Allowing Children to Retain Dignity

I had a conversation with another parent the other day. She mentioned a moment where her daughter spilled a glass of juice. Her typical response would have been to react… to be impatient, shout, blame, to huff, sigh, snort or something like that, she said.

In this particular moment she didn’t do anything. For some reason, she just paused and looked at her daughter. This split second allowed her to see something. She saw that her daughter was somewhat frozen in the moment… looking at her mom, anticipating the blame and negativity that was going to come.
This parent saw clearly for the first time that her daughter was fearful and nervous of her mother’s reaction…all over a spilled glass of juice.

This had an impact on the Mom for a couple reasons. She hadn’t realized the degree to which she had been blaming and reprimanding her daughter, but the child’s conditioned response told her all that she needed to know. This was not the relationship she wanted to have with her daughter, not even close.
The other realization she had in the moment was, “Don’t children get to make mistakes”?
“As adults, we get to make mistakes without being embarrassed like this. Why should we not give children the same allowance”?

She’s right. We should be forgiving, especially considering that children, their bodies, and their brains are still developing. Their coordination is not fully developed. And! The voices we use with them become the voices in their head that either bring them down or lift them up later in life. We are in a powerful position as parents.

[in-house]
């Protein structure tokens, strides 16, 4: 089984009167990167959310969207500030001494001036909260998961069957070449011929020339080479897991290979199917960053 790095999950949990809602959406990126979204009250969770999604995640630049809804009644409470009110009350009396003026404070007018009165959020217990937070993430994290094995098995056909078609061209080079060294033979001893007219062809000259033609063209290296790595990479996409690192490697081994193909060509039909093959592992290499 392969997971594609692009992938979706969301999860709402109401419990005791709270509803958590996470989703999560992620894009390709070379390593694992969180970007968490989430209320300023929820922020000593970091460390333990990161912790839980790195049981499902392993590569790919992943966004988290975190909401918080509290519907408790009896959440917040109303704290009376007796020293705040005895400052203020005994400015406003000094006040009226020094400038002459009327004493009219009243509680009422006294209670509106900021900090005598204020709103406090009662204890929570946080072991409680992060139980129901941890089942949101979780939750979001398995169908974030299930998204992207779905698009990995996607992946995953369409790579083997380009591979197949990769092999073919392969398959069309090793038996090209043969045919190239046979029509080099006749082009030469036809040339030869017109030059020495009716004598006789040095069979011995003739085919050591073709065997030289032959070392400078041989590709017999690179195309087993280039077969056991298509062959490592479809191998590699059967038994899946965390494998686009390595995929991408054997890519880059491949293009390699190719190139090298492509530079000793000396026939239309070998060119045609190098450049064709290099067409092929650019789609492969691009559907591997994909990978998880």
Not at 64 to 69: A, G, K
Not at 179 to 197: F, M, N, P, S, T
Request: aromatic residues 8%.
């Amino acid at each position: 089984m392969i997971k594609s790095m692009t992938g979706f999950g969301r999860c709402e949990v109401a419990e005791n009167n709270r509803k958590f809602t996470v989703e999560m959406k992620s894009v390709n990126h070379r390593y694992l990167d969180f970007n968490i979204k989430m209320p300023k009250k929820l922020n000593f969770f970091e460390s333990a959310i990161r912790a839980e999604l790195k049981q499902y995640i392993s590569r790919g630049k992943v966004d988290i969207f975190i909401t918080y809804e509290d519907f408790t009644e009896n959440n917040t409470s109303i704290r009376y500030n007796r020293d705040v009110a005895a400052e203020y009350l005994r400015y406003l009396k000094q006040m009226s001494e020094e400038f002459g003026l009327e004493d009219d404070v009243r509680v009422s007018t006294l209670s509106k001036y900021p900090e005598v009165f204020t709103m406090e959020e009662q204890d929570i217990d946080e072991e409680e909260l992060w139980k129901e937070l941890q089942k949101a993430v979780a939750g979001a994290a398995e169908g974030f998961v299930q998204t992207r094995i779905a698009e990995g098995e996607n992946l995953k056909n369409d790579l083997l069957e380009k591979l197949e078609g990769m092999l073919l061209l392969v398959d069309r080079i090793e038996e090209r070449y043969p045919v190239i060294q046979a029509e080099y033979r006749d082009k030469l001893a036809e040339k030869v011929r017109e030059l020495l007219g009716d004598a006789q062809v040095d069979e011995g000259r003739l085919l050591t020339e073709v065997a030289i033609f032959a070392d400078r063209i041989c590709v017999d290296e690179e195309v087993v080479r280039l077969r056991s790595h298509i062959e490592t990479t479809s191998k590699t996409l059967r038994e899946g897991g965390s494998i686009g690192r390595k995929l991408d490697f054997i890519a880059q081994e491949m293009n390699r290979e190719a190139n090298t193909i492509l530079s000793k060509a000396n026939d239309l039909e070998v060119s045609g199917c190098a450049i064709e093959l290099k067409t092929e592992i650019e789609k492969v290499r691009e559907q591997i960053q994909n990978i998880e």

To illustrate the point let’s imagine the adult dinner party.

What would you want to have happen if you spilled a glass of wine on the table, carpet or worse, your friend’s lap? This kind of thing happens all the time. Would you be shamed?

The response is different isn’t it? The other adults are usually helpful, forgiving, and try not to make a big deal of it. They realize that mistakes are a part of life and that everyone makes mistakes.
Why is the reaction different with children then?

The answer is this. We allow other adults to retain their dignity. In fact, we go our of our way to help them retain their dignity.

If we give other adults patience, support and forgiveness, could we not do the same for our children?
Do you think that we could respond to our children’s mistakes in a way that would allow them to still feel human, loved, and worthy of patience and respect?

What would happen if we parented in a way that fully respected the dignity of children? What happens when we don’t?

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